Concise Review: Human Pluripotent Stem Cells in the Treatment of Spinal Cord Injury§

Authors

  • Dunja Lukovic,

    1. CABIMER (Centro Andaluz de Biología Molecular y Medicina Regenerativa), Avda. Americo Vespucio s/n, Parque Científico y Tecnológico Cartuja, Sevilla, Spain
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  • Victoria Moreno Manzano,

    1. Neural Regeneration Lab, Centro de Investigación “Principe Felipe,” Valencia, Spain
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  • Miodrag Stojkovic,

    1. Spebo Medical, Leskovac, Serbia
    2. Human Genetics Department, Medical Faculty, University of Kragujevac, Kragujevac, Serbia
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  • Shom Shanker Bhattacharya,

    1. CABIMER (Centro Andaluz de Biología Molecular y Medicina Regenerativa), Avda. Americo Vespucio s/n, Parque Científico y Tecnológico Cartuja, Sevilla, Spain
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  • Slaven Erceg

    Corresponding author
    1. CABIMER (Centro Andaluz de Biología Molecular y Medicina Regenerativa), Avda. Americo Vespucio s/n, Parque Científico y Tecnológico Cartuja, Sevilla, Spain
    2. Medical Genome Project, Edificio INSUR, Parque Científico y Tecnológico Cartuja, Sevilla, Spain
    • CABIMER (Centro Andaluz de Biología Molecular y Medicina Regenerativa), Avda. Americo Vespucio s/n, Parque Científico y Tecnológico Cartuja, Sevilla, Spain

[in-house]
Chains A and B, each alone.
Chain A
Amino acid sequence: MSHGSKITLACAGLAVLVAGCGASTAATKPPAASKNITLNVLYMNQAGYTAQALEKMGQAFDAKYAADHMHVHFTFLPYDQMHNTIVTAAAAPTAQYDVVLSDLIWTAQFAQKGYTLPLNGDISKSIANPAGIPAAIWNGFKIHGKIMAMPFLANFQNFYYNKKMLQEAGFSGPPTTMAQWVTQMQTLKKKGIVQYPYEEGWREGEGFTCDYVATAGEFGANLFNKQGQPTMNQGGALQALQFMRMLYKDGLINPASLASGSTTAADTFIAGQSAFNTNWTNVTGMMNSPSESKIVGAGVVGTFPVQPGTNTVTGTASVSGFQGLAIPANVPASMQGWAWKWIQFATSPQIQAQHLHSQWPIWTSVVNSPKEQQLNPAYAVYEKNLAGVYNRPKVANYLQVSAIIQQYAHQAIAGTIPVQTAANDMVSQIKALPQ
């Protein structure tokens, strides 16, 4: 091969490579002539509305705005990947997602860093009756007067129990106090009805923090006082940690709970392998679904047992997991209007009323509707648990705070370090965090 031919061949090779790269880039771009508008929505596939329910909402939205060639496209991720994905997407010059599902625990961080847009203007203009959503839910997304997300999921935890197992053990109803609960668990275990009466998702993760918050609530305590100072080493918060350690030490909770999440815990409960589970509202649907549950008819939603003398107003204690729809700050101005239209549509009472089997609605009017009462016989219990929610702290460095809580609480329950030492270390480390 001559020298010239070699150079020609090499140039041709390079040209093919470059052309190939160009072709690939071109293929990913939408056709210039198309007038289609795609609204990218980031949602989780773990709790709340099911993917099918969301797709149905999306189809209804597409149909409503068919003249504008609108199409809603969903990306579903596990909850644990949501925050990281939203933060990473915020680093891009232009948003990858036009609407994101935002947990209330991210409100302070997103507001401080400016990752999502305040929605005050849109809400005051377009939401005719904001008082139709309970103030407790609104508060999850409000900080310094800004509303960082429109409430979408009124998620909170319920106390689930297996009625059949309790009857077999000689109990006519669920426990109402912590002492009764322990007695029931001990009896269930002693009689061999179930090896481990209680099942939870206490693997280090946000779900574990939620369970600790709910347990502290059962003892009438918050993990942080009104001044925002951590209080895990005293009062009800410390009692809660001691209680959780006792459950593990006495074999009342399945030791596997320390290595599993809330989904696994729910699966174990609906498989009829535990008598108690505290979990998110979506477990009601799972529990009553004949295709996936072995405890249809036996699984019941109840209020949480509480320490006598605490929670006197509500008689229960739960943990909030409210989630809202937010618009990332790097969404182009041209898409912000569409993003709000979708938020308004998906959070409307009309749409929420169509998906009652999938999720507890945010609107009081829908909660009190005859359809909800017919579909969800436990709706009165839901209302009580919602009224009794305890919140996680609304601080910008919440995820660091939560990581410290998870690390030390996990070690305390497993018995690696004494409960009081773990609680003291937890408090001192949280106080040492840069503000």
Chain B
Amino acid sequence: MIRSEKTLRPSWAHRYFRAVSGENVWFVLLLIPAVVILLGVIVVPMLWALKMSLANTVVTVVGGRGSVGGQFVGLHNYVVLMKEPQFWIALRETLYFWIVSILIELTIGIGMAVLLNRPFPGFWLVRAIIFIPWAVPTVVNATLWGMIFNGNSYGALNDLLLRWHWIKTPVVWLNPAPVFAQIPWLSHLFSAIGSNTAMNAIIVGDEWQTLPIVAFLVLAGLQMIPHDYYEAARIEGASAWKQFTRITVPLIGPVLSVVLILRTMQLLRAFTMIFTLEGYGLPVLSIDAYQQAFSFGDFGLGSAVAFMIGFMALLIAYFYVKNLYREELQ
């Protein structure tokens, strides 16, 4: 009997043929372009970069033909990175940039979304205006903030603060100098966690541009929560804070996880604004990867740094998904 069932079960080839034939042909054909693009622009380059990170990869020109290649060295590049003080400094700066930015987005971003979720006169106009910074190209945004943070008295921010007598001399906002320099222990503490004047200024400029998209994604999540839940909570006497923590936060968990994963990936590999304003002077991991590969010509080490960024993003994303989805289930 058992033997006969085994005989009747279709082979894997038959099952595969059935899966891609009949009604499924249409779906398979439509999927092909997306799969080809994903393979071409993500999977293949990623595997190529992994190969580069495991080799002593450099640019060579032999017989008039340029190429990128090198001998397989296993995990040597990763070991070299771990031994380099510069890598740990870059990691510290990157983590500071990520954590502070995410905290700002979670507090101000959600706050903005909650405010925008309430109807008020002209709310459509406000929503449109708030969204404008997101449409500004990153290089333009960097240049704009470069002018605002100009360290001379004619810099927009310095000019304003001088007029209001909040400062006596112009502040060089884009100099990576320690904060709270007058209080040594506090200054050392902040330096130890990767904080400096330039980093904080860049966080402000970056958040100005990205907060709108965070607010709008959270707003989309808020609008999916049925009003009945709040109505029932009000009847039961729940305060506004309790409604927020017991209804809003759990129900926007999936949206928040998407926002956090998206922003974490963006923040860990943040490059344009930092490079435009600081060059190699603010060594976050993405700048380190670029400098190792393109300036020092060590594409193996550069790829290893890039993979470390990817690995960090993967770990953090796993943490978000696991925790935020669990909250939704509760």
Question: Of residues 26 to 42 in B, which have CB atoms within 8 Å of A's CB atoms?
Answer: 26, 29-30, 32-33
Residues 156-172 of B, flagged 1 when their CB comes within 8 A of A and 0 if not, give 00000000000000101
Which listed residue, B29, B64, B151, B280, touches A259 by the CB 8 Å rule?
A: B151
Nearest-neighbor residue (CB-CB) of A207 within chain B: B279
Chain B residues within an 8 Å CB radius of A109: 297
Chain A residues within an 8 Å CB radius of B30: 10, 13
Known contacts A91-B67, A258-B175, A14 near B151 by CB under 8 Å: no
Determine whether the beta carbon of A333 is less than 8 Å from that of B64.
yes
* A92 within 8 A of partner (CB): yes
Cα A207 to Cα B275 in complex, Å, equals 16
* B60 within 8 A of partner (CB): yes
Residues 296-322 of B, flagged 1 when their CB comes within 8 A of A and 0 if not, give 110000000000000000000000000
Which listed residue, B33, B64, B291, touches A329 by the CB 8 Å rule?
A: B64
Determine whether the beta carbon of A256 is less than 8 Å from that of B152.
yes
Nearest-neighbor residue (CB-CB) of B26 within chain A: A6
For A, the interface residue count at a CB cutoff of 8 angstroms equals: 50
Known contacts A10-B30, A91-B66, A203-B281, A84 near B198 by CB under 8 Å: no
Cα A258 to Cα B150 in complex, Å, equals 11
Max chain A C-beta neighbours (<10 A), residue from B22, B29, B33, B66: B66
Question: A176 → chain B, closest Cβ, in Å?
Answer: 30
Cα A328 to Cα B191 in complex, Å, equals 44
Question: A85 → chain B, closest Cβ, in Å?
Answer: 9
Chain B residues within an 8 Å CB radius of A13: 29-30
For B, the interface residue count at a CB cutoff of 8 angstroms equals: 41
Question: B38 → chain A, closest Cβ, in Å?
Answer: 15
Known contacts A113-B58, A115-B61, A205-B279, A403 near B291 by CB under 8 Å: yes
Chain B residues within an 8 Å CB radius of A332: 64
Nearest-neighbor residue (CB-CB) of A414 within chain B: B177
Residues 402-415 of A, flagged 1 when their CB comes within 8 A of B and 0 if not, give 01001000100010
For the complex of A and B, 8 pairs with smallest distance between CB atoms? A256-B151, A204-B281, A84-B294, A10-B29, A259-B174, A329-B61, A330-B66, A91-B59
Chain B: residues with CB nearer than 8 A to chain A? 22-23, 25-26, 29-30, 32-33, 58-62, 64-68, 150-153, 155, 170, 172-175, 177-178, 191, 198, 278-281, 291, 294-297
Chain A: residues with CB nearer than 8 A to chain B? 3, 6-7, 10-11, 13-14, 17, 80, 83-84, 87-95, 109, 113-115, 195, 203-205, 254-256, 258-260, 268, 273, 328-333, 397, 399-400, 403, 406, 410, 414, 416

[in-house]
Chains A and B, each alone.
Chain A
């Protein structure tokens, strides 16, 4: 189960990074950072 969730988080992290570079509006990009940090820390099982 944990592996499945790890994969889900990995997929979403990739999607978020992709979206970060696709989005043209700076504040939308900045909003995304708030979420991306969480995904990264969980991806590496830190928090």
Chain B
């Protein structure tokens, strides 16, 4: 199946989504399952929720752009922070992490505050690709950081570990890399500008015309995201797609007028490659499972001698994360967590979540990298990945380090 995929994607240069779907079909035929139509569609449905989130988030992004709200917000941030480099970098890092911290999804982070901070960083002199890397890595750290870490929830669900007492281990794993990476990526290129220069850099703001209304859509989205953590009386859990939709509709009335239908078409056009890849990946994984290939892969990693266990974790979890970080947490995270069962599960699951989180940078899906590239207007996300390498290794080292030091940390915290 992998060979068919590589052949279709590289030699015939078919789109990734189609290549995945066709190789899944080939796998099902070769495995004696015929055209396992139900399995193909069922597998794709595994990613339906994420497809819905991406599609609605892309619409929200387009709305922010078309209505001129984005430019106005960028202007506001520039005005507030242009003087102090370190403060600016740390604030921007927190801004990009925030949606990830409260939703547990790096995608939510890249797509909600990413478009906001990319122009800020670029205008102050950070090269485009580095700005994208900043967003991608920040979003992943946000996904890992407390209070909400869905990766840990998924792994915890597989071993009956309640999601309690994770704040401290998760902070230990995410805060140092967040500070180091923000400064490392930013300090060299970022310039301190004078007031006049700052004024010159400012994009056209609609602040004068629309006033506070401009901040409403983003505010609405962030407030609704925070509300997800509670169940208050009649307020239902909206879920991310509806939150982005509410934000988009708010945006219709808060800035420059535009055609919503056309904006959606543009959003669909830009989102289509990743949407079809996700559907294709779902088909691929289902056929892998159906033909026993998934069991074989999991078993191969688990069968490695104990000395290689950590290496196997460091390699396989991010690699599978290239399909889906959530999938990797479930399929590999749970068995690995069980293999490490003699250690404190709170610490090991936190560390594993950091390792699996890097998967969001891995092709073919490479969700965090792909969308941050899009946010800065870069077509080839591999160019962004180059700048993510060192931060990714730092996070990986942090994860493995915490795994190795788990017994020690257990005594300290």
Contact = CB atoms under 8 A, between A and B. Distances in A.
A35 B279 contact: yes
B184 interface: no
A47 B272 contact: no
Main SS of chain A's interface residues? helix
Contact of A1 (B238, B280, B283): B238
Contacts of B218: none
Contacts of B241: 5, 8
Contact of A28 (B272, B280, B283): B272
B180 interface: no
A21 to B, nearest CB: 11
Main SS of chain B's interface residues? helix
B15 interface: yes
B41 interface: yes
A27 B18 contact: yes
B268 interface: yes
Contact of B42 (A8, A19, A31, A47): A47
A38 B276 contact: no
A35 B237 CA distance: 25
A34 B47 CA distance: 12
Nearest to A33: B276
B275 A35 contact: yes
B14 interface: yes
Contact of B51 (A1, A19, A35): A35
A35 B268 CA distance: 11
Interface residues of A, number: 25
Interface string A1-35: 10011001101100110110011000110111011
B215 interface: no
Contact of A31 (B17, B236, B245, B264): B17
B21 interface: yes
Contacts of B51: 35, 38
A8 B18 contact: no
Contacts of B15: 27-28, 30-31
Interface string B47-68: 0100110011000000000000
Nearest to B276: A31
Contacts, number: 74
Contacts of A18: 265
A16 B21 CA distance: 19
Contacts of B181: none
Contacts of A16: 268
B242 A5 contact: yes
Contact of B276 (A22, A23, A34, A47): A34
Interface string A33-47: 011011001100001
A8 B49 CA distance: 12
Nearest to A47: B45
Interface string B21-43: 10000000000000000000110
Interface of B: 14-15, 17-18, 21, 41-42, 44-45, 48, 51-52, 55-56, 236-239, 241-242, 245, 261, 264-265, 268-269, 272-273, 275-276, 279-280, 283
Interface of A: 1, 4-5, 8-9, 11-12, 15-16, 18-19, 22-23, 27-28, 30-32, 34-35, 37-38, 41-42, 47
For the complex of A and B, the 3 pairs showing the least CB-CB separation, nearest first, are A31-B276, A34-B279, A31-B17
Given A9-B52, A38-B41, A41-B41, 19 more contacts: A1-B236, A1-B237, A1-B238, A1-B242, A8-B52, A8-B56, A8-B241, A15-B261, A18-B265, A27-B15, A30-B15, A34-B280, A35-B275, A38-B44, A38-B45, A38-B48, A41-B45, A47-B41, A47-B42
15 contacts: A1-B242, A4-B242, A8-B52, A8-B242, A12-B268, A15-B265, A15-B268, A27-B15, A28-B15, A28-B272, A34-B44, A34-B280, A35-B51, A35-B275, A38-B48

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    • Telephone: +34 954 468 004; Fax: +34 954 461 664


  • Author contributions: D.L.: conception and design, data analysis and interpretation, and manuscript writing.; V.M.-M.: perform experiments; S.S.B. and M.S.: conception and design, manuscript writing, and final approval of manuscript; S.E.: conception and design, data analysis and interpretation, manuscript writing, final approval of manuscript, and perform experiments and graphic design.

  • Disclosure of potential conflicts of interest is found at the end of this article.

  • §

    First published online in STEM CELLSEXPRESS June 26, 2012.

Abstract

Spinal cord injury (SCI) results in neural loss and consequently motor and sensory impairment below the injury. There are currently no effective therapies for the treatment of traumatic SCI in humans. Different kinds of cells including embryonic, fetal, and adult stem cells have been transplanted into animal models of SCI resulting in sensorimotor benefits. Transplantation of human embryonic stem cell (hESC)- or induced pluripotent stem cell (hiPSC)-derived neural cells is nowadays a promising therapy for SCI. This review updates the recent progress in preclinical studies and discusses the advantages and flaws of various neural cell types derived from hESCs and hiPSCs. Before introducing the stem cell replacement strategies in clinical practice, this complex field needs to advance significantly in understanding the lesion itself, the animal model adequacy, and improve cell replacement source. This knowledge will contribute to the successful translation from animals to humans and lead to established guidelines for rigorous safety screening in order to be implemented in clinical practice. Stem Cells2012;30:1787–1792

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